Preprints
https://doi.org/10.5194/egusphere-2023-1156
https://doi.org/10.5194/egusphere-2023-1156
05 Jun 2023
 | 05 Jun 2023

On the importance of observation uncertainty when evaluating and comparing models: a hydrological example

Jerom P.M. Aerts, Jannis M. Hoch, Gemma Coxon, Nick C. van de Giesen, and Rolf W. Hut

Abstract. The comparison of models in geosciences involves refining a single model or comparing various model structures. However, such model comparison studies are potentially invalid without considering the uncertainty estimates of observations in evaluating relative model performance. The temporal sampling of the observation and simulation time series is an additional source of uncertainty as a few observation and simulation pairs, in the form of outliers, might have a disproportionate effect on the model skill score. In this study we highlight the importance of including observation uncertainty and temporal sampling uncertainty when comparing or evaluating hydrological models.

In hydrology, large-sample hydrology datasets contain a collection of catchments with hydro-meteorological time series, catchment boundaries and catchment attributes that provide an excellent test-bed for model evaluation and comparison studies. In this study, two model experiments that cover different purposes for model evaluation are set up using 396 catchments from the CAMELS-GB dataset. The first experiment, intra-model, mimics a model refinement case by evaluating the streamflow estimates of the distributed wflow_sbm hydrological model with and without additional calibration. The second experiment, inter-model, is a model comparison based on the streamflow estimates of the distributed PCR-GLOBWB and wflow_sbm hydrological models.

The temporal sampling uncertainty, the result of outliers in observation and simulation pairs, is found to be substantial throughout the case study area. High temporal sampling uncertainty indicates that the model skill scores used to evaluate model performance are heavily influenced by only a few data points in the time series. This is the case for half of the simulations (210) of the first intra-model experiment and 53 catchment simulations of the second inter-model experiment as indicated by larger sampling uncertainty than the difference in the KGE-NP model skill score. These cases highlight the importance of reporting and determining the cause of temporal sampling uncertainty before drawing conclusions on large-sample hydrology based model performance. The streamflow observation uncertainty analysis shows similar results. One third of the catchments simulations (123) of the intra-model experiment contains smaller streamflow simulation differences between models than streamflow observation uncertainties, compared to only 4 catchment simulations of the inter-model experiment due to larger differences between streamflow simulations. These catchments simulations should be excluded before drawing conclusions based on large-samples of catchments. The results of this study demonstrate that it is crucial for benchmark efforts based on large-samples of catchments to include streamflow observation uncertainty and temporal sampling uncertainty to obtain more robust results.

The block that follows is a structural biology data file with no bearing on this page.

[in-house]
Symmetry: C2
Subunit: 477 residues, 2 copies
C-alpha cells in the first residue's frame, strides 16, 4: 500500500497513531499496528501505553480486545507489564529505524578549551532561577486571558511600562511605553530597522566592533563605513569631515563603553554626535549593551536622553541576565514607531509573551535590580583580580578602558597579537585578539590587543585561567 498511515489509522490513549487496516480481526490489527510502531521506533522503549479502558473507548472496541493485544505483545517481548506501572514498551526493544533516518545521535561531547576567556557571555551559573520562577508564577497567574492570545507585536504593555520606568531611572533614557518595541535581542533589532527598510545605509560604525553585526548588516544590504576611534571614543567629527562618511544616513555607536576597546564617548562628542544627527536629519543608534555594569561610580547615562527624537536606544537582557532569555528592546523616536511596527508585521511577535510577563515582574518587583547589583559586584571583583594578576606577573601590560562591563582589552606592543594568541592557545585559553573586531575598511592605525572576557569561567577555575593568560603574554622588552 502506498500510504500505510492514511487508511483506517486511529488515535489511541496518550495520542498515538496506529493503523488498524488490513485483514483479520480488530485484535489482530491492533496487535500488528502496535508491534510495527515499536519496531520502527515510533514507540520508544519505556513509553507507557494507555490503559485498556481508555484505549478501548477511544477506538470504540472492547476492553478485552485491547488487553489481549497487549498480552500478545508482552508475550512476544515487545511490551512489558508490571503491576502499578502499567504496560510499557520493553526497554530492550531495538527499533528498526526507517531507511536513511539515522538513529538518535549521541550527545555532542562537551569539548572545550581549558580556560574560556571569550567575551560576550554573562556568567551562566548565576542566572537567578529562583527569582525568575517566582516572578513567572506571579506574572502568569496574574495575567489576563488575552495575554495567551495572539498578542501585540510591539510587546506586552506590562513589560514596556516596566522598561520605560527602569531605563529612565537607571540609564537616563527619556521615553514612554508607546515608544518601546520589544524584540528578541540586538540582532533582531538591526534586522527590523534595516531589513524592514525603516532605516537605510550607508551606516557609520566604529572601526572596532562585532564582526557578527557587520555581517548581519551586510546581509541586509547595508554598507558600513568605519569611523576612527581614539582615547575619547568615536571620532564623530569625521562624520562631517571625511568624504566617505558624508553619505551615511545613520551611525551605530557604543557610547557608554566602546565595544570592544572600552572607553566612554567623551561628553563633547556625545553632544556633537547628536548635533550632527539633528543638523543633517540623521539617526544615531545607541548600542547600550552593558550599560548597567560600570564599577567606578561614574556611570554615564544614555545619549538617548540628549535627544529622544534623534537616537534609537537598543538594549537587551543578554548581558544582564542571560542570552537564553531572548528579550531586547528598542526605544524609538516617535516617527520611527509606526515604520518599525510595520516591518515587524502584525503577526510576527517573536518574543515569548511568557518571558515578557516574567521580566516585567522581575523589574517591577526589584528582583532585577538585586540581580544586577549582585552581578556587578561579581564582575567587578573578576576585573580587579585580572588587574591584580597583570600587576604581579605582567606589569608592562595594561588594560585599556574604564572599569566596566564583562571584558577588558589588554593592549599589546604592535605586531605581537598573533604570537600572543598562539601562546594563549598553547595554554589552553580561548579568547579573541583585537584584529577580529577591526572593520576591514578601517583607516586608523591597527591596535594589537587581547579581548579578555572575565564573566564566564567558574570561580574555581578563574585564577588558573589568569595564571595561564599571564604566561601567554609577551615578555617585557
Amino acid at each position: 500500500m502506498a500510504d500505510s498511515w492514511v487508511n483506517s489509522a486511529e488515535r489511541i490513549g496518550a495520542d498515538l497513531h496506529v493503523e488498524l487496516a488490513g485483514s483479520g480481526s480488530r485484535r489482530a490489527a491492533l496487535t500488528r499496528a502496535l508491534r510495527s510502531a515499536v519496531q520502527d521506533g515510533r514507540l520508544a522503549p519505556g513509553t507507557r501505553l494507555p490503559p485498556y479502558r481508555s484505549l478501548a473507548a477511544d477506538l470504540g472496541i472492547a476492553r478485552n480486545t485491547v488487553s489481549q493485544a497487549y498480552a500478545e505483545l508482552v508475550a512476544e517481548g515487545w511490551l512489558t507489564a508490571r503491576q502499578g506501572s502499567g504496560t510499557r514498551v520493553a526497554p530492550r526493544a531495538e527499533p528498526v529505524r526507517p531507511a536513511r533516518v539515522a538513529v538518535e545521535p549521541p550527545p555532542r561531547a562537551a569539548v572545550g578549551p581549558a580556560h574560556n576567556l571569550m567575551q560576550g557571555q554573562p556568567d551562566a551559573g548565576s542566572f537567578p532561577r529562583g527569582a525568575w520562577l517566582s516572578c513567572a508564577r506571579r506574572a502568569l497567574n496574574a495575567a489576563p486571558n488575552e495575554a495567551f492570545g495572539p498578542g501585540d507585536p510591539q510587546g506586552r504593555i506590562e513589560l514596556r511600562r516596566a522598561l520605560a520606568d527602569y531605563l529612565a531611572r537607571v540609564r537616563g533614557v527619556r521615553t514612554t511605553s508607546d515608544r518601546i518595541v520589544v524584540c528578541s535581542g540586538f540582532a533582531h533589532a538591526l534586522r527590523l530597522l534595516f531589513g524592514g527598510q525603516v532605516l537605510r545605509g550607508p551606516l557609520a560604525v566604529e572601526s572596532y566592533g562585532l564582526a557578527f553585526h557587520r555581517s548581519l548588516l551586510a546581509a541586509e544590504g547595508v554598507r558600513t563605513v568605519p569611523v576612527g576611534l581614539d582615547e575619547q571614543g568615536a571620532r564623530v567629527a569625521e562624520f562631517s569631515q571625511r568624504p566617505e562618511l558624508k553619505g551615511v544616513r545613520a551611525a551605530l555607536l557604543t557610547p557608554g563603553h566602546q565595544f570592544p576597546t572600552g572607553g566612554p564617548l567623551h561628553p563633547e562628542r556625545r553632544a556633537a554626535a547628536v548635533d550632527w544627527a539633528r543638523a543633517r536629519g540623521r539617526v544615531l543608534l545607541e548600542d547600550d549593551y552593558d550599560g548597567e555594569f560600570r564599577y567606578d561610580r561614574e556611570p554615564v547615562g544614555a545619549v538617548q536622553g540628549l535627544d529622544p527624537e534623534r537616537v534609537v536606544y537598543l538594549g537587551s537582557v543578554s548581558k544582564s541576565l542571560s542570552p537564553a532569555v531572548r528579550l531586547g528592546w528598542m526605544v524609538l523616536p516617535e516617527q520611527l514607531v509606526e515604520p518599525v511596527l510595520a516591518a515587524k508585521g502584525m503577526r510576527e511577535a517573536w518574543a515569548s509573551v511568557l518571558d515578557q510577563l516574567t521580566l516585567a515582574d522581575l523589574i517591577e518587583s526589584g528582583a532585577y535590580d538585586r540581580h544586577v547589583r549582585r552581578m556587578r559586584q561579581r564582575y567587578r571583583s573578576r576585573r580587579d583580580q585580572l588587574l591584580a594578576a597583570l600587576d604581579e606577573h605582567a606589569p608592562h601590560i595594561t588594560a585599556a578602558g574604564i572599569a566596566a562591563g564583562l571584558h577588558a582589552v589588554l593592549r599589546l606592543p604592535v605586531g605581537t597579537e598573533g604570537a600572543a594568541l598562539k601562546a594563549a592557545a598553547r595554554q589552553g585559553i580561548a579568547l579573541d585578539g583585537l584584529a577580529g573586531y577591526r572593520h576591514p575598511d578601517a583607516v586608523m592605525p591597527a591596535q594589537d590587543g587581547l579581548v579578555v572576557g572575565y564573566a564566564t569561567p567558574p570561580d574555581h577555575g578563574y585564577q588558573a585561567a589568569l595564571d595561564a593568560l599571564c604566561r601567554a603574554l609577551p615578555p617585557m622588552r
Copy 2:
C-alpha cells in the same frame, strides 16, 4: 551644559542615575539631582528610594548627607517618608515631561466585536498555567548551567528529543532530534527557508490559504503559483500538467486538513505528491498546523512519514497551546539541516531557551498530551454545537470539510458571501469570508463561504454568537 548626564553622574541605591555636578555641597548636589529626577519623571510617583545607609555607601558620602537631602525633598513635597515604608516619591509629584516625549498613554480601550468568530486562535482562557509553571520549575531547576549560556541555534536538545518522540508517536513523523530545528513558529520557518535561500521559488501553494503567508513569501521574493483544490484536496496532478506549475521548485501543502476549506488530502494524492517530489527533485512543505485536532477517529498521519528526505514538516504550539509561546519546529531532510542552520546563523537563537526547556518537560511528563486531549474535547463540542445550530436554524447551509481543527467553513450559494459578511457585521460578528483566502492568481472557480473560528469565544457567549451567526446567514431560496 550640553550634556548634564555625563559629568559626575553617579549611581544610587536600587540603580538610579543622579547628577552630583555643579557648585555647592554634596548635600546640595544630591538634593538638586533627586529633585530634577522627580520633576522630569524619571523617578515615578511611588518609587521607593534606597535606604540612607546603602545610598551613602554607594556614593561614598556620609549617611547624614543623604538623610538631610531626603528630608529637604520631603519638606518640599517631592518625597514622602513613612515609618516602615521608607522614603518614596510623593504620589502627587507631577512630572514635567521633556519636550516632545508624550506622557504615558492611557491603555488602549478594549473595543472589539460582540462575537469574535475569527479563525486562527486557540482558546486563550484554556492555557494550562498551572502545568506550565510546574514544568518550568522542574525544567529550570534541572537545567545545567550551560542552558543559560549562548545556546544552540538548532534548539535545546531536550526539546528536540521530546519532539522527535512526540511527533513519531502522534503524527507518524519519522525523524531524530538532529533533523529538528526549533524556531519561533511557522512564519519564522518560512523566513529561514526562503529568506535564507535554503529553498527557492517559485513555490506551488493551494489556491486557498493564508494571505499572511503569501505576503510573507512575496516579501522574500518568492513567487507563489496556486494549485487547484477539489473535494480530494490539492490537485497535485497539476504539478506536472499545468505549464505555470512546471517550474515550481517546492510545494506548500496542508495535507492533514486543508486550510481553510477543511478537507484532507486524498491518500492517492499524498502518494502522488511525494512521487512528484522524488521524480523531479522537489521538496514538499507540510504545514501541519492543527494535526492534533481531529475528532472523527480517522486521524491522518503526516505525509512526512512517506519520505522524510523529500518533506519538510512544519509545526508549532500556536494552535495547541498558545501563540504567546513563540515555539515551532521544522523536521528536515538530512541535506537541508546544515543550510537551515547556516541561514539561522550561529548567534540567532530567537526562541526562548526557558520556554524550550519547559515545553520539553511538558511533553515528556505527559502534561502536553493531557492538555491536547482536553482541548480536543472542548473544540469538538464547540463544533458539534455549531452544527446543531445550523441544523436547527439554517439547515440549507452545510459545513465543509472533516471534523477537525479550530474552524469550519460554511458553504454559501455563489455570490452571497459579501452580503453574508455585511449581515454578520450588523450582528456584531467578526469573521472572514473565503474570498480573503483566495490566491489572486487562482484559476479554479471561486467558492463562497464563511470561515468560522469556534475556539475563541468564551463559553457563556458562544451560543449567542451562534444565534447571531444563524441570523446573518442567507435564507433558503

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Jerom P.M. Aerts, Jannis M. Hoch, Gemma Coxon, Nick C. van de Giesen, and Rolf W. Hut

Status: final response (author comments only)

Comment types: AC – author | RC – referee | CC – community | EC – editor | CEC – chief editor | : Report abuse
  • RC1: 'Comment on egusphere-2023-1156', Keith Beven, 06 Jun 2023
    • AC1: 'Reply on RC1', Jerom Aerts, 28 Aug 2023
  • RC2: 'Comment on egusphere-2023-1156', Anonymous Referee #2, 17 Jul 2023
    • AC2: 'Reply on RC2', Jerom Aerts, 28 Aug 2023
Jerom P.M. Aerts, Jannis M. Hoch, Gemma Coxon, Nick C. van de Giesen, and Rolf W. Hut
Jerom P.M. Aerts, Jannis M. Hoch, Gemma Coxon, Nick C. van de Giesen, and Rolf W. Hut

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Short summary
Hydrological model performance involves comparing simulated states and fluxes with observed counterparts. Often, it is overlooked that there is inherent uncertainty surrounding the observations. This can significantly impact the results. In this publication, we emphasize the significance of accounting for observation uncertainty in model comparison. We propose a practical method that is applicable for any observational time series with available uncertainty estimations.